When Will China Auto Companies Export to Europe and North America?
By Brendan Moore
There has been considerable speculation lately about just what impact China will have on the international auto market in the future, with variable sales numbers and timelines offered up by different industry analysts. There is no doubt that China will be exporting large numbers of vehicles at some point, the questions are to which countries and when. Furthermore, the Chinese have learned from the example of the foreign auto companies that operate in China, as well as the Japanese and Korean models in the United States, that setting up production facilities in target countries (presently only developing countries) is sometimes an easier way to accomplish their sales goals.
Just how many vehicles China exported last year is a matter of contention, and the answer depends on who you ask in China and their mood that day. The estimates range from 326,000 to 600,000 vehicles exported; almost all to developing countries and almost all trucks, buses or vans. The differences in the numbers are a result of whether knock-down kits that are subsequently assembled in plants in places like Ecuador, Iran, Russia, Brazil, etc. are included, whether units manufactured in China and sent to the U.K. by companies like Honda (Jazz, City) are included, and finally, whether shipments of vehicles as small in number as 300 units by one of the auto manufacturing companies get included. There are currently over 100 companies in China registered as vehicle manufacturers, and it is an open secret that there are many vehicles made by small car companies not on the registered company list, but listed as some other type of manufacturer (i.e., anything from ovens to wheelbarrows) that are not only somehow able to sell to sell their vehicles with no legal repercussions from the Chinese government, but frequently do it at half the price of the other cars in their respective class. Accurate tracking is difficult in this sort of environment.
2007 Chery QQ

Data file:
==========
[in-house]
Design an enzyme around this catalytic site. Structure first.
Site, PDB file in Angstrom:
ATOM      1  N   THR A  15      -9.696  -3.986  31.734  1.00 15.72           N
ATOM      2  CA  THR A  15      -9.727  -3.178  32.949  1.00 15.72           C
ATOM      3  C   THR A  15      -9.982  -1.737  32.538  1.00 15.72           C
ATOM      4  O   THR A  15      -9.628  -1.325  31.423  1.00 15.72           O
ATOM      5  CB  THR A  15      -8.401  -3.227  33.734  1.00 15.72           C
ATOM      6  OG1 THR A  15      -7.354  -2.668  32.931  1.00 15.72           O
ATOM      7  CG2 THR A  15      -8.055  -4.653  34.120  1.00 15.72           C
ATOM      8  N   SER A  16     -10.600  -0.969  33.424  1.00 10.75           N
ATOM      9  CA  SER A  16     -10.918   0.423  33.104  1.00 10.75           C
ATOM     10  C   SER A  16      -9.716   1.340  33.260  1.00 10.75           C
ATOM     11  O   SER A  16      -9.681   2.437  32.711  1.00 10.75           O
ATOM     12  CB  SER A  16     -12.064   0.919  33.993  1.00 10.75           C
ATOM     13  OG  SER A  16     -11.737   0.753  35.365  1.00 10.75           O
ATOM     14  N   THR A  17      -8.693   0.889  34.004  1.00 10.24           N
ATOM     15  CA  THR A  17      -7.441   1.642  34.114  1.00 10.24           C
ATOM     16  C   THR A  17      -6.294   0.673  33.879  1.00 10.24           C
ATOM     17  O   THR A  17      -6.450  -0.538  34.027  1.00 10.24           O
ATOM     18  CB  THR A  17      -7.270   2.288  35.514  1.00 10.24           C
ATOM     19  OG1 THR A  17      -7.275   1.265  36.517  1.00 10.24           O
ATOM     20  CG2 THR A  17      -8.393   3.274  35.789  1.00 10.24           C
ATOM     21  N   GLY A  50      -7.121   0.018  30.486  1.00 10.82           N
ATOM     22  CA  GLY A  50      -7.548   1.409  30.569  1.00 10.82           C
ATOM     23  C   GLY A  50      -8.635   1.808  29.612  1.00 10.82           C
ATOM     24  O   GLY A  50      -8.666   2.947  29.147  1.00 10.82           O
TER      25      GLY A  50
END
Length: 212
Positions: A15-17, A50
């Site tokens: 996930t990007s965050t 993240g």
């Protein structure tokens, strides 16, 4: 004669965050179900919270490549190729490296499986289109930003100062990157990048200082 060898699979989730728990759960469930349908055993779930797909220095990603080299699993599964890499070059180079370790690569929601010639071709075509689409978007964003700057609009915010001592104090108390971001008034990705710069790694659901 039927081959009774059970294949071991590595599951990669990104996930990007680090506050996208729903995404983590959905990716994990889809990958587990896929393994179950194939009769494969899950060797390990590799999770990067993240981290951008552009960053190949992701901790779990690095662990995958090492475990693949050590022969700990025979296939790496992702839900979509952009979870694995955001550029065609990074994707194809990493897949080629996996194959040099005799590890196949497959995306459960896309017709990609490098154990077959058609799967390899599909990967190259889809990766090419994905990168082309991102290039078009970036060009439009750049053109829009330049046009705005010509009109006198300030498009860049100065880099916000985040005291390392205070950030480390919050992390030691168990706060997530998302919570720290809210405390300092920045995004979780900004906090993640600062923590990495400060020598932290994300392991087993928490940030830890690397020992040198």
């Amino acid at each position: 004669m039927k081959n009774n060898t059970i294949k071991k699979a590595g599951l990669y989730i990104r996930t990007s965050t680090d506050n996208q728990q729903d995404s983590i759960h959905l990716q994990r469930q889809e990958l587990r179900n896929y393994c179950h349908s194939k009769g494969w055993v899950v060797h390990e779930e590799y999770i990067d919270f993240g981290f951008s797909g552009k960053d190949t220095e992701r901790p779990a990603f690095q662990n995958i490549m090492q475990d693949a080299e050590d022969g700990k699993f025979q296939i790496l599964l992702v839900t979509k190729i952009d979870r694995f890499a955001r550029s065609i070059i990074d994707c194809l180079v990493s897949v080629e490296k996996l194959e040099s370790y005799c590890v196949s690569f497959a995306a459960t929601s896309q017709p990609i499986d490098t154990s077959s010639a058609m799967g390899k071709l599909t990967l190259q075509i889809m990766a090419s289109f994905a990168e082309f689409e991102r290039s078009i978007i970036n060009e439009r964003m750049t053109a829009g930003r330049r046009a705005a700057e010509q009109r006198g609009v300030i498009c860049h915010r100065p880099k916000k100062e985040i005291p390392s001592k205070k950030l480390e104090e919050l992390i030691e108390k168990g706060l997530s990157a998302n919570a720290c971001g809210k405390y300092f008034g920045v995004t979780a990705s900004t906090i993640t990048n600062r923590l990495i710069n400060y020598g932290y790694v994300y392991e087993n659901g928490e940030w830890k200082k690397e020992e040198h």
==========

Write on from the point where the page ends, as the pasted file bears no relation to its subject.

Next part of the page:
So, when will we see Chinese cars in any substantial numbers in the U.S. or Europe? There have been very limited exports to Europe; 600 Brilliance cars imported last month, 500 Hover SUVs shipped to Italy late last year, and a few similar examples. Chery and DaimlerChrysler have agreed to start shipping the Chery QQ car to the United States and Canada with Dodge badges on the cars that will be shipped here. But no one seems to want to put a “Dodge” name on the car yet, or commit to a date, although it looks like the 2009 model year will probably happen in terms of a date.
The problems for the Chinese car companies concerning large-scale export to Europe and North America are many. First, there is no Chinese car that is anywhere close to being able to meet the vehicle safety requirements of either market. Ditto for the emissions standards. Additionally, since most of their resources are being used to meet ever-increasing demand in China, the Chinese automakers are way short of the capital needed to set up the necessary parts and service infrastructure required to support any large-scale sales effort in either Europe or North America. Lastly, even if all of their resources were directed to export markets, no Chinese car company has the volume and manufacturing efficiencies required to compete and win in a battle with even the smallest competitors in the Europe or North American markets.
Will the Chinese be here or in Europe in 2 years under one of their own brands, in substantial numbers? No. On the other hand, it took the Koreans roughly 30 years to follow the Japanese in setting up shop in the United States, and then another 20 years in-country to effectively match them in engineering and buid quality. Will it be a similar timeline as far as the Chinese are concerned? No way. They’ll probably be here and/or in Europe within 5 years and, I predict, a match for the market leaders in engineering and build quality within 5-7 years after that. They won’t be out-selling them, but the Chinese will have some viable competitors to the current market leaders in certain segments.
I hope all the established car companies are getting ready for the Chinese push because their already-tough business is going to get even tougher by 2015.
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